From the monthly archives:

May 2010

Blame it on these evolutionary times we’re living in, but there’s no mistaking that if you haven’t already been called out of your comfort zone (assuming you’re still in one), you will be and probably soon.  2010 sees the universe stepping up its game for those who’ve been clinging to old ways, whether comforting, frustrating or downright confining.  Whether you’ve wanted to cling or not makes no difference.

If you’ve had even an inkling of desire to head in a different direction but have been too comfortable, stuck, scared or exhausted to figure out how, guess what?  You might not have to – figure out how, that is.  The universe may very well kick your ass into position.

What better way to illustrate the point than with the stories of three close friends which all went down during [click to continue…]


My Huffington Post blog about Lost explains why I think so highly of the show and my musings about what its creators were up to when they conceived and developed it over the last six years.  Yet it warrants additional space here to explore my favorite seven conscious lessons to be learned from this juggernaut:

1.   It’s easy to get Lost in The Drama of the Human Experience

I believe we’re here to experience the world through the limited but unique perspectives that humanity affords.  We come from spirit into a body, mold a personality, develop an ego, and with these tools and others partake in the good and bad, yin and yang, tragedy and triumph which the human experience affords.

Lost had more than an average person’s lifetime of human drama in it and for the first several seasons, it seemed the characters traded one drama for another.  First their plane crashed, trauma enough for anyone.  Then they had to plan survival on a south Pacific island while facing non-imminent rescue.  Soon there were the “Others”, the black smoke monster, and Charles Widmore and his hidden agendas to contend with.  The list goes on from there until finally the key main characters escape the island, only to decide to return – to still more drama.

The point is this: during our lifetimes, most of us keep ourselves distracted by trading one drama for another while forgetting to look past the drama altogether to the deeper aspects of existence: why are we here and what are we to do while we are?  Lost, like life in its finale, at last attempts answers to those questions, although it certainly doles out enough human drama to last multiple lifetimes on the way.  While – arguably – experiencing the human spectacle is part of the point, wouldn’t the human experience be a little smoother and more fulfilling with less drama and more introspection ?  I think it’s time we at least give that a try.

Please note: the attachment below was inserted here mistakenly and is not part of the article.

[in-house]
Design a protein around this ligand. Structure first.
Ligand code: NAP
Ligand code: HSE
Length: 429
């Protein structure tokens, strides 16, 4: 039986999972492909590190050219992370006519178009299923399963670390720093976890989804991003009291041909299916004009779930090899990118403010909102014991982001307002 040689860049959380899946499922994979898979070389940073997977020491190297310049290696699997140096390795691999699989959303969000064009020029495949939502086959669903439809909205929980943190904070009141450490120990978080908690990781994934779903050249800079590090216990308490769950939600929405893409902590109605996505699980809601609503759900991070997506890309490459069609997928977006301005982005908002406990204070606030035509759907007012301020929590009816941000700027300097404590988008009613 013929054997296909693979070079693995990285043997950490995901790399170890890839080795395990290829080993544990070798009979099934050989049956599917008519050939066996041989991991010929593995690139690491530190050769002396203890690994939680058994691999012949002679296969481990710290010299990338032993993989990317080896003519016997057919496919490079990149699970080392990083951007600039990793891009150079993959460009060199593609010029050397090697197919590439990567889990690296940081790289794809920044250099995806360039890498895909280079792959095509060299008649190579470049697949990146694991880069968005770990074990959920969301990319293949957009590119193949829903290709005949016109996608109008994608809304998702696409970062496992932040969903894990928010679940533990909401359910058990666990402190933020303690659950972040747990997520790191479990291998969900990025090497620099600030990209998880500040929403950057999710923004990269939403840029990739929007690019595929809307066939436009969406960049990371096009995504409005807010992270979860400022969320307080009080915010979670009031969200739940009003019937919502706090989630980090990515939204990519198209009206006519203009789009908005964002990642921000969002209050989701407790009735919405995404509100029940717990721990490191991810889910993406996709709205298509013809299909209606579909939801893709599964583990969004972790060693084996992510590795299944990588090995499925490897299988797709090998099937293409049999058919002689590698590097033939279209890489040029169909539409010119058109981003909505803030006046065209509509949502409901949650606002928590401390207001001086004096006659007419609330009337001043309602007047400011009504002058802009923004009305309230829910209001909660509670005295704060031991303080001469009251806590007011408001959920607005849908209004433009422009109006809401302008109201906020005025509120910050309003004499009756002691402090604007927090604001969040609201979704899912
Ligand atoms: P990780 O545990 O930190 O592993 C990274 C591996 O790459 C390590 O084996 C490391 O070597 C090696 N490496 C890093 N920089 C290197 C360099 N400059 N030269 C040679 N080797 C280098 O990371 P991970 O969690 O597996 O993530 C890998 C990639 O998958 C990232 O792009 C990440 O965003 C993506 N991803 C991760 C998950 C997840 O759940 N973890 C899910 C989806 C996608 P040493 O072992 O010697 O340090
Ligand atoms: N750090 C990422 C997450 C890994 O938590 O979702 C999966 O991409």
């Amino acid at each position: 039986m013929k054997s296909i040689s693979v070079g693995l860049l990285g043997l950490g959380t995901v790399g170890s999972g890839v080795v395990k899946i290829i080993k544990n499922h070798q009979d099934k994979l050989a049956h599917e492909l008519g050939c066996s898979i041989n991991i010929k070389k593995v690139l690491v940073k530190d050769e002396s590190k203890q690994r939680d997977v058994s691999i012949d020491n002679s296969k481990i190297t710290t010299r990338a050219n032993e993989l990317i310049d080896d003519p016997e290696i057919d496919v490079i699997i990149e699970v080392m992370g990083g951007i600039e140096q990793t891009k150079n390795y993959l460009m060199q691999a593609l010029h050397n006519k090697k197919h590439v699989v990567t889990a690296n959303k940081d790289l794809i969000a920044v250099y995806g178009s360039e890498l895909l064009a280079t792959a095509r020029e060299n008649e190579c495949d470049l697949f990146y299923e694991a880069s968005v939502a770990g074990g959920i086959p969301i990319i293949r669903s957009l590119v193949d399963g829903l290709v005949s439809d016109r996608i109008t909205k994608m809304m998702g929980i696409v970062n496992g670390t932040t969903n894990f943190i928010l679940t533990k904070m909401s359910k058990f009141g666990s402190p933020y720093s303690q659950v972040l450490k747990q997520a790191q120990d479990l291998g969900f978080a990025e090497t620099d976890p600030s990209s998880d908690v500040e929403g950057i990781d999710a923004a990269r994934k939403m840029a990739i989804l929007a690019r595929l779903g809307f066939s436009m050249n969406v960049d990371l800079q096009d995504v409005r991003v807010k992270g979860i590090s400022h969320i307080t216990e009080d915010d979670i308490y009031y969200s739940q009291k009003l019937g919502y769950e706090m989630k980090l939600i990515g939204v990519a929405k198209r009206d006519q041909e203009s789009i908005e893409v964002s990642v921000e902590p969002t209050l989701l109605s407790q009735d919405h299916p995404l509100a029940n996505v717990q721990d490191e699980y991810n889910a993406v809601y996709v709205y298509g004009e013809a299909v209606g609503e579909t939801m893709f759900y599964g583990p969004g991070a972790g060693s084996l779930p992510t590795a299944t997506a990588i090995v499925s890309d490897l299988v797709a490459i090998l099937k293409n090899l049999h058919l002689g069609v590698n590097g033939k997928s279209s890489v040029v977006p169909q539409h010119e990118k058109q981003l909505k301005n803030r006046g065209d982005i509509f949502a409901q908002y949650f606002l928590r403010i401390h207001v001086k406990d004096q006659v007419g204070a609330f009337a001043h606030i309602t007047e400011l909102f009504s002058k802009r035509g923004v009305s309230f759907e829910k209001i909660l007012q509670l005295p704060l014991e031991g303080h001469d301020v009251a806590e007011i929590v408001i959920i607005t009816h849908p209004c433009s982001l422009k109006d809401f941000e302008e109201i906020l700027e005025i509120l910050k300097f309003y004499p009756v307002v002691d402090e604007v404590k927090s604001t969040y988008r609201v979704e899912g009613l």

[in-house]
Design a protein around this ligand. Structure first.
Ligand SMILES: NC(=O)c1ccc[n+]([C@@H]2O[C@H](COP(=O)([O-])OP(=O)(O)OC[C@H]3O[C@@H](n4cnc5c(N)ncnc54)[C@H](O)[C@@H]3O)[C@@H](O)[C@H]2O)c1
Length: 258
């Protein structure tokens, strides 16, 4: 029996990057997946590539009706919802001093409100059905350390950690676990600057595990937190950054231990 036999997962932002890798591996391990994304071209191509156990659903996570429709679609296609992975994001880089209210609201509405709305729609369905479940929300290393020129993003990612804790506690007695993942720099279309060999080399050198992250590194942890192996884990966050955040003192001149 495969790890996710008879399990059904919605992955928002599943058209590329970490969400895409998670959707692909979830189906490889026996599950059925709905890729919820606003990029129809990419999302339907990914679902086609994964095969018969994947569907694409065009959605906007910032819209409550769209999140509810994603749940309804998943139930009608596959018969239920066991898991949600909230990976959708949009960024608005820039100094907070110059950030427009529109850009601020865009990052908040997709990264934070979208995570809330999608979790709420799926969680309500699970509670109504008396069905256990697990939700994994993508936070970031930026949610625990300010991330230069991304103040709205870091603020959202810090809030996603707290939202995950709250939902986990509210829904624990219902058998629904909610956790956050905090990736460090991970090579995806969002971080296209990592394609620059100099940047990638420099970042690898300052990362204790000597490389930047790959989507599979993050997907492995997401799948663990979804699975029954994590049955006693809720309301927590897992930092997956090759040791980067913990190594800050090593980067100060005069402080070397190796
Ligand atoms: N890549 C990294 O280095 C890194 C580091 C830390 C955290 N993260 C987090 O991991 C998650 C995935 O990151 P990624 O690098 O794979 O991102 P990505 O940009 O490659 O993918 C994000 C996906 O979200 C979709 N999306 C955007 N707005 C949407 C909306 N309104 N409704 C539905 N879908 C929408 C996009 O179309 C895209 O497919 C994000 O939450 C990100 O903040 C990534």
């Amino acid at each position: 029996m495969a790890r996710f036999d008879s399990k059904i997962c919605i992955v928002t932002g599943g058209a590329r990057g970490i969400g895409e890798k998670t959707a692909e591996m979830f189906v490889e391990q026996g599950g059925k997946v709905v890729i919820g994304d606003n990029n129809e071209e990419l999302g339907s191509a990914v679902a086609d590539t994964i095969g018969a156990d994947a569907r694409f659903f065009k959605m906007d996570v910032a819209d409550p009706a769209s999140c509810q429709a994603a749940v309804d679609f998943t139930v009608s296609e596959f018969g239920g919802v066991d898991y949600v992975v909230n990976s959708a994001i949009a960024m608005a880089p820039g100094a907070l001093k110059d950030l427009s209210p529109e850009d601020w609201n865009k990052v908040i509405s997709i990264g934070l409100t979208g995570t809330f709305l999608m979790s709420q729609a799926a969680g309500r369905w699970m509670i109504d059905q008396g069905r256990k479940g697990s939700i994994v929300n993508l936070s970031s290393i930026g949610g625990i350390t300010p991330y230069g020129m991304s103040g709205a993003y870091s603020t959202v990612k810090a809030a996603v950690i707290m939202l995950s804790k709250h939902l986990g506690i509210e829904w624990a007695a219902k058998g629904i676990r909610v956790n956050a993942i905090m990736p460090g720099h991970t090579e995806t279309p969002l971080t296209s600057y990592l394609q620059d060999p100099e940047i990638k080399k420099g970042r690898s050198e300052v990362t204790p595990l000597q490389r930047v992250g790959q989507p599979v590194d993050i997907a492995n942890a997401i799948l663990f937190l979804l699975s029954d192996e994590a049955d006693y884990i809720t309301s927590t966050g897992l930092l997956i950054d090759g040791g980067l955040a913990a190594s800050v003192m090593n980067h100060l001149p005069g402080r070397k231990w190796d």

2.    Faith

A key theme in Lost is “going forth in faith”, not that there’s much alternative.  Yet it’s a potent reminder for the rest of us who aren’t stranded on a desert isle fighting for daily survival to keep [click to continue…]


Making the leap

In any growth process, you’re going to encounter discomfort; it simply comes with the territory.  The spiritual growth process is no different.  It’s good to remind ourselves of this so we don’t get stalled once growth kicks into high gear.

What’s the secret to handling emotional discomfort so you can move forward and past it?  [click to continue…]


woman looking up at stormy sky

“We are not human beings having a spiritual experience. We are spiritual beings having a human experience.”
– Pierre Teilhard de Chardin

Today, I hate the human experience.  Today I curse the day I decided to take form in this body, live this life.  Why? What possessed me to come and do this now? Again?

I want to disappear. Vaporize into pure spirit. Go back to the before.  I want to float out of my body and drift weightlessly, boundlessly free of the emotions that surge through it.

I desperately want to unite with the all-encompassing bliss I was lucky enough, once – just once – to feel after a weekend spiritual retreat.  The warming, flooding perfect joy that shuts out all else; that is pure love, or God, or whatever you choose to call it.  I want THAT again. Now.  But it eludes me.